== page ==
- Active Content Blocking now attempts to block "Worker()" (web worker) calls. Scripts executed from web workers could bypass the blocking of web sockets, local storage, session storage, and other Active Content Blocking measures. (1dfcaaef5c)
- OpenSSL updated to 1.0.1h to patch the "Early CCS" vulnerability. (8ab734e873)
May 21, 2014: Onion Browser 1.5.1
- User Agent Spoofing was overhauled, and now defaults to using a "normalized" iPhone or iPad User Agent, depending on the user's device. This means that all Onion Browser users will automatically send the same user agent as the average iOS 7.1.1 Safari user, instead of revealing the user's actual device or iOS version.
- Tor updated to 0.2.4.22
May 14, 2014: Onion Browser 1.5 (Cure53 Security Audit)
A security audit and penetration test of Onion Browser was performed by Cure53, with support from the Open Technology Fund. Onion Browser 1.5.0, released May 14, 2014, fixes all vulnerabilities and issues in the report. (Informative notes, categorized as "info" in the report, are the only ones excluded as they are not actual vulnerabilities.)
The following is a list of vulnerabilities & issues noted in the audit report, with links to relevant code commits that fix them.
- OB-01-005 (High Priority): The "Third Party Cookie" blocking option was not working properly. Fixed in v1.5.0 (e70e2fcbca).
- OB-01-006 (Critical Priority): A specially-crafted website using "itms:" links could expose the user's IP address to the attacker's website due to a race condition involving connections being sent as Tor is closing down (due to switching to another app). Fixed in v1.5.0 (89121d3271).
- OB-01-009 (Critical): Invalid SSL certificates were being ignored for all .onion websites; in theory, this could open the door for imposter or man-in-the-middle attacks. Fixed in v1.5.0 (271b2b22df).
- OB-01-010 (Critical): Active Content Blocking has been overhauled to proactively block WebSockets, which leak connections outside of Tor. The default option now blocks all Ajax/XHR/WebSocket requests. (Previous options for "Allow All" and "Block All" are still available.) v1.5.0 (983687ed67).
- OB-01-013 (High): Fixed poor use of "onionbrowser:" URLs which could allow an attacker to close the app without user consent. (i.e. <img src="onionbrowser:forcequit"> would successfully quit the browser if the user visits a page with the tag on it.) Fixed in v1.5.0 (c5cfb15a99).
- OB-01-014 (High): Browser cache, HTML5 local storage, and HTML5 databases are now blocked. These features create a situation where a website could bypass cookie protections, as demoed on http://samy.pl/evercookie/. Fixed in v1.5.0 (4d3ef413bd).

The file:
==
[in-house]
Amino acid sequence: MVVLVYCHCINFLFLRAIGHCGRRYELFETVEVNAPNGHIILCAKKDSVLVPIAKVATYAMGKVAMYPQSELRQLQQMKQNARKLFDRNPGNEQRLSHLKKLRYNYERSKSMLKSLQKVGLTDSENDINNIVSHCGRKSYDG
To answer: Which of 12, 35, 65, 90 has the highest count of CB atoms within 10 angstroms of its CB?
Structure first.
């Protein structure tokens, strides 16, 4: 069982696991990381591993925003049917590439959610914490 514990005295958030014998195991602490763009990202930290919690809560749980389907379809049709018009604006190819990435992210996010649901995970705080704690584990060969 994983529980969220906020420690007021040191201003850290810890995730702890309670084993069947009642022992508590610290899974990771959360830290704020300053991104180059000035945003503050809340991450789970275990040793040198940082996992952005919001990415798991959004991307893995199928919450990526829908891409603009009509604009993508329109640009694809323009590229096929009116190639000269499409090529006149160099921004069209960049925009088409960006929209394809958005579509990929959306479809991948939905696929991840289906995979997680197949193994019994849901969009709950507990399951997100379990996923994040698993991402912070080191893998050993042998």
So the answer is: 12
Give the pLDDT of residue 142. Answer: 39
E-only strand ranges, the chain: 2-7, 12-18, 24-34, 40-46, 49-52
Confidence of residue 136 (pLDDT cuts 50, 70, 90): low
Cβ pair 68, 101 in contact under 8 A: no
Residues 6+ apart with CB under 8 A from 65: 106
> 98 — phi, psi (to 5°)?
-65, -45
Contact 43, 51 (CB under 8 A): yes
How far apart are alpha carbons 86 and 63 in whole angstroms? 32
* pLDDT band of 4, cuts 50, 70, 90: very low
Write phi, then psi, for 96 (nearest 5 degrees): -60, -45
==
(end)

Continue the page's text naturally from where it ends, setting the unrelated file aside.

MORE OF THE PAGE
- OB-01-016 (Critical): "data:" URIs are now prevented from being loaded in the address bar. (Their use in embedded content is still available.) Fixes situation where a "data:text/html" page would bypass Active Content Blocking, which could lead to an attacker intentionally abusing video tags or other Tor-leaking features. Fixed in v1.5.0 (546a5434b1).
- OB-01-017 (Critical): The user is now prompted when another app launches Onion Browser via an "onionbrowser://" URI. Prevents a situation where an attacking website loaded in Safari may auto-launch Onion Browser with private user data in the URL (i.e. "onionbrowser://example.com?ip=xxx.xxx.xxx.xxx"), which could then be used to cross-reference the user's Tor activity with the user's real identity. Fixed in v1.5.0 (d7d1941d3d).
Other Identified Issues
- OB-01-001: Onion Browser now masks the current activity from appearing in the "app picker" thumbnail image when the app goes tobackground. (535fc0c130)
- OB-01-002/OB-01-003/OB-01-007: iOS File Encryption has been expanded such that all app data (not just settings/bookmarks) are now encrypted when the device is locked with a passcode. (7ec879611b)
- OB-01-012: For self-compiled version of Onion Browser, the app is not always compiled with Address Space Layout Randomization (ASLR), which could leave the app vulnerable to memory bugs. The app is properly compiled with ASLR when compiled for "Release". Users may test this by executing the following command on the output of the "Build" command (or against an already-compiled "OnionBrowser.app" copy that you have): `otool -hv </path/to/OnionBrowser.app>/OnionBrowser` (i.e., `otool -hv ~/Downloads/OnionBrowser.app/OnionBrowser`) The output should contain the "PIE" flag.
- OB-01-015: Autocomplete and autocorrect are disabled on all settings/bookmarks/address fields; autocorrect leads to user-typed text being stored in the iOS Keyboard Cache, which leaks data outside of the app's control. (a5a409876d)